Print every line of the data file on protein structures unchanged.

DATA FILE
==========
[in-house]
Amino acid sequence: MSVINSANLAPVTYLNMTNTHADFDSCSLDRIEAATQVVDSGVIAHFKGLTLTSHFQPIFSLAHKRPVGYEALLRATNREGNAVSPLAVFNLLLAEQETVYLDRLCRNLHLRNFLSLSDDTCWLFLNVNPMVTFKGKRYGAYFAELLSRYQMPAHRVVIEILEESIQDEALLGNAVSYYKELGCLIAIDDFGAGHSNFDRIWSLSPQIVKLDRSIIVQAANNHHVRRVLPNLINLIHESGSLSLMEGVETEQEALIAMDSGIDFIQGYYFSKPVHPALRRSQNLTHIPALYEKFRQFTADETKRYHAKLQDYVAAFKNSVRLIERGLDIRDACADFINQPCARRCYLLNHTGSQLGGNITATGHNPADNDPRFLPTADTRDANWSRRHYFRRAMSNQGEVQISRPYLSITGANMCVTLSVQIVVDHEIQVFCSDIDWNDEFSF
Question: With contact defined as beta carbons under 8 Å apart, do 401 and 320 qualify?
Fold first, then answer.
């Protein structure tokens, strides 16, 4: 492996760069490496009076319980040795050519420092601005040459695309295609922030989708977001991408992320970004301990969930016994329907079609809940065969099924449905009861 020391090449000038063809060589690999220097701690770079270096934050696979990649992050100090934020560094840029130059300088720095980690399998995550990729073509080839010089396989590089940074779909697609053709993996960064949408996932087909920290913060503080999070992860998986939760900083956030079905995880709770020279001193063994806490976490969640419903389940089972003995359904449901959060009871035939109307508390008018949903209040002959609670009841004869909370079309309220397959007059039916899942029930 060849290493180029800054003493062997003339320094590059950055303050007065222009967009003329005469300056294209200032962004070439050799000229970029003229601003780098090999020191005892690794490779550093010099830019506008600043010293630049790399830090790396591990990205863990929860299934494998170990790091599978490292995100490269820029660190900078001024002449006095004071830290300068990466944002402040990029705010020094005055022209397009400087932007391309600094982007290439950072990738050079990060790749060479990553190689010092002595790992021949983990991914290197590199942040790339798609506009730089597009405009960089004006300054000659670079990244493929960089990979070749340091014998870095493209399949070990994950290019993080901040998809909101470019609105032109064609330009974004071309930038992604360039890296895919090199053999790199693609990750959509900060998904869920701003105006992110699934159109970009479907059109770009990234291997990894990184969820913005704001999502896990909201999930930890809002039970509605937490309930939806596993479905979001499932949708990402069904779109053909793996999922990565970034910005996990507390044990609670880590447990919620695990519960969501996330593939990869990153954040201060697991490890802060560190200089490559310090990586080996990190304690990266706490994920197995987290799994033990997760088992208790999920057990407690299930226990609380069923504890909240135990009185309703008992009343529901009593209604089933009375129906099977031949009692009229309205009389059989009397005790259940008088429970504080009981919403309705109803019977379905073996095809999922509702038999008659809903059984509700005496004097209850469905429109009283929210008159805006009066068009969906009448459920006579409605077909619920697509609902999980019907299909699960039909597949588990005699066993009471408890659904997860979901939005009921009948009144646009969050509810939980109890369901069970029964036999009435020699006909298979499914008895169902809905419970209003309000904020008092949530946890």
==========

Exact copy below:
[in-house]
Amino acid sequence: MSVINSANLAPVTYLNMTNTHADFDSCSLDRIEAATQVVDSGVIAHFKGLTLTSHFQPIFSLAHKRPVGYEALLRATNREGNAVSPLAVFNLLLAEQETVYLDRLCRNLHLRNFLSLSDDTCWLFLNVNPMVTFKGKRYGAYFAELLSRYQMPAHRVVIEILEESIQDEALLGNAVSYYKELGCLIAIDDFGAGHSNFDRIWSLSPQIVKLDRSIIVQAANNHHVRRVLPNLINLIHESGSLSLMEGVETEQEALIAMDSGIDFIQGYYFSKPVHPALRRSQNLTHIPALYEKFRQFTADETKRYHAKLQDYVAAFKNSVRLIERGLDIRDACADFINQPCARRCYLLNHTGSQLGGNITATGHNPADNDPRFLPTADTRDANWSRRHYFRRAMSNQGEVQISRPYLSITGANMCVTLSVQIVVDHEIQVFCSDIDWNDEFSF
Question: With contact defined as beta carbons under 8 Å apart, do 401 and 320 qualify?
Fold first, then answer.
């Protein structure tokens, strides 16, 4: 492996760069490496009076319980040795050519420092601005040459695309295609922030989708977001991408992320970004301990969930016994329907079609809940065969099924449905009861 020391090449000038063809060589690999220097701690770079270096934050696979990649992050100090934020560094840029130059300088720095980690399998995550990729073509080839010089396989590089940074779909697609053709993996960064949408996932087909920290913060503080999070992860998986939760900083956030079905995880709770020279001193063994806490976490969640419903389940089972003995359904449901959060009871035939109307508390008018949903209040002959609670009841004869909370079309309220397959007059039916899942029930 060849290493180029800054003493062997003339320094590059950055303050007065222009967009003329005469300056294209200032962004070439050799000229970029003229601003780098090999020191005892690794490779550093010099830019506008600043010293630049790399830090790396591990990205863990929860299934494998170990790091599978490292995100490269820029660190900078001024002449006095004071830290300068990466944002402040990029705010020094005055022209397009400087932007391309600094982007290439950072990738050079990060790749060479990553190689010092002595790992021949983990991914290197590199942040790339798609506009730089597009405009960089004006300054000659670079990244493929960089990979070749340091014998870095493209399949070990994950290019993080901040998809909101470019609105032109064609330009974004071309930038992604360039890296895919090199053999790199693609990750959509900060998904869920701003105006992110699934159109970009479907059109770009990234291997990894990184969820913005704001999502896990909201999930930890809002039970509605937490309930939806596993479905979001499932949708990402069904779109053909793996999922990565970034910005996990507390044990609670880590447990919620695990519960969501996330593939990869990153954040201060697991490890802060560190200089490559310090990586080996990190304690990266706490994920197995987290799994033990997760088992208790999920057990407690299930226990609380069923504890909240135990009185309703008992009343529901009593209604089933009375129906099977031949009692009229309205009389059989009397005790259940008088429970504080009981919403309705109803019977379905073996095809999922509702038999008659809903059984509700005496004097209850469905429109009283929210008159805006009066068009969906009448459920006579409605077909619920697509609902999980019907299909699960039909597949588990005699066993009471408890659904997860979901939005009921009948009144646009969050509810939980109890369901069970029964036999009435020699006909298979499914008895169902809905419970209003309000904020008092949530946890």